How do you like them apples?
For the past five years or so it's been a tradition in our home to feast on cheese and biscuits on Christmas Eve, with a glass of port or damson gin and a good dollop of this year's chutney. Last year it was a lovely green tomato chutney made with the glut from my neighbour's garden, but this year I spied a great big tub of baking apples on the walk to school with a sign saying "free apples". I can't resist free food and I hate to see anything go to waste, so I filled a carrier and planned this year's Christmas preserve.
I'm not one for exact recipes, but I've never made a bad chutney, it really isn't difficult. You do need a big pan, a few hours, and a lot of patience though. And jars! The main rule is to make sure that all the vinegar is reduced and doesn't pool when you draw a spoon through your pan. The amount of sugar, type of vinegar, and spices are really a matter of taste but you must ensure that the vinegar you use has an acidity of no less than 5% in order for your preserve to last. I find the cheap malt vinegar from any supermarket is as good as anything.
Before you start, thoroughly wash your jars and put them on a baking tray ready to go into the oven at 100c or Gas mark 2 or simply a low setting for 20 minutes to sterilise. Do this one your chutney has started to cook down so you can pour hot chutney into hot jars.
Spiced Apple Chutney (makes about 5lbs)
3lbs baking apples, cored, peeled, and chopped chunkily.
350g of dried figs roughly chopped (you could substitute dates or raisins)
3 - 4 medium-sized onions chopped fairly finely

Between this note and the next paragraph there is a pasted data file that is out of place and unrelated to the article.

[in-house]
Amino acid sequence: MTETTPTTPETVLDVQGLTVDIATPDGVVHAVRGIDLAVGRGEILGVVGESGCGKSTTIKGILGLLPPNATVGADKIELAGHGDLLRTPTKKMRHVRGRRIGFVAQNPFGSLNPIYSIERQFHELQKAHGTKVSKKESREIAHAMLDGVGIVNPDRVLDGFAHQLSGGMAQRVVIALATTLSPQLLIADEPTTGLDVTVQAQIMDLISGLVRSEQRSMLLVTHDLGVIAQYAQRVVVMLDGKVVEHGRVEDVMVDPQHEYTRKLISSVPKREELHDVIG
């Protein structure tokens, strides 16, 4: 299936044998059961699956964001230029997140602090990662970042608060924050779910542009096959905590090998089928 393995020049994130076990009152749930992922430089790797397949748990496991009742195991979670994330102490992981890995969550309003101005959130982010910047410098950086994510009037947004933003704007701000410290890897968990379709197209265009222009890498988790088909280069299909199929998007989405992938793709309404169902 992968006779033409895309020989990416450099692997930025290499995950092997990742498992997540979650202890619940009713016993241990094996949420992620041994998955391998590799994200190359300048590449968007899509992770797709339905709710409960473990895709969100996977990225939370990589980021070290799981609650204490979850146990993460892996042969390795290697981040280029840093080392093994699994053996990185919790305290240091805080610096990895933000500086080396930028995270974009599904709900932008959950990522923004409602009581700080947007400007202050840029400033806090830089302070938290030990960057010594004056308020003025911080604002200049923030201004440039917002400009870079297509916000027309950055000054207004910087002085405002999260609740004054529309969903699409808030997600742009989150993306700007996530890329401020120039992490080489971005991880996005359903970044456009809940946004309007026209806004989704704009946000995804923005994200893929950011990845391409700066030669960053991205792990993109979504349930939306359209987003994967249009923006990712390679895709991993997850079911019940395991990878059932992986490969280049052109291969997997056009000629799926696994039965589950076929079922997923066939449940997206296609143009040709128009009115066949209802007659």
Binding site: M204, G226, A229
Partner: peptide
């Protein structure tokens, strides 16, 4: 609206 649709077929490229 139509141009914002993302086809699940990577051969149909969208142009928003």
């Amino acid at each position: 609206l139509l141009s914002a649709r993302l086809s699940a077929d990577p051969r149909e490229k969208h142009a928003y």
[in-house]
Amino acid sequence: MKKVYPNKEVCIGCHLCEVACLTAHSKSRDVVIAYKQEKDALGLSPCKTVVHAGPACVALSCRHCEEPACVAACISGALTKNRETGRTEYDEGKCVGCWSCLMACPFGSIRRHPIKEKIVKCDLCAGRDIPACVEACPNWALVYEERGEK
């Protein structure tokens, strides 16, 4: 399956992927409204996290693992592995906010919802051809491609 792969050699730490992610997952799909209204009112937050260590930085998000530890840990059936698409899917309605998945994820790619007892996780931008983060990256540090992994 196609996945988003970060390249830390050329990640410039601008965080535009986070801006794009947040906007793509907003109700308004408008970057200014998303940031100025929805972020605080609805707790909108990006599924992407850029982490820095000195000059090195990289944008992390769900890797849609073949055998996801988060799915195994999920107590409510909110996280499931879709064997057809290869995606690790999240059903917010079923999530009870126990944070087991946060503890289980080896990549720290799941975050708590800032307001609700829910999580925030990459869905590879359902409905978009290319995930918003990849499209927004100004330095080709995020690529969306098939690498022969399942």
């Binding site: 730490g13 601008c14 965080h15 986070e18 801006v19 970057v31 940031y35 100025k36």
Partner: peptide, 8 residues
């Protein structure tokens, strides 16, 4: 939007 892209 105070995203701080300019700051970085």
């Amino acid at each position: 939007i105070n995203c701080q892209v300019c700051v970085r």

3 cloves of garlic, minced
1 inch of fresh root ginger, peeled and minced
3 chilis chopped finely (depending on how hot you like things you can leave in the seeds or take them out, I like things spicy so I used 3 birds eye chilis and left the seeds in)
500g soft brown sugar
750ml malt vinegar
1 tbsp salt
1 rounded tsp ground cinnamon
1 tsp ground cloves
1 tsp ground allspice
1/2 tsp ground nutmeg
Combine everything in a preserving pan, or the largest pan you have, and cook on the hob on low until the sugar dissolves, stirring frequently, then raise the temperature to medium and simmer for an hour and a half or until the vinegar has reduced and you can draw a spoon through the mixture without vinegar pooling, stir often so it doesn't stick. Ladle into hot sterilised jars and seal with a wax disc and a cellophane lid. You can use the lids from your jars but only if they aren't damaged and are coated with plastic on the underside so they don't react to the vinegar.
The chutney needs time to develop and mellow out, I like to leave it until December. This chutney goes particularly well with a mature cheddar or a creamy Lancashire cheese.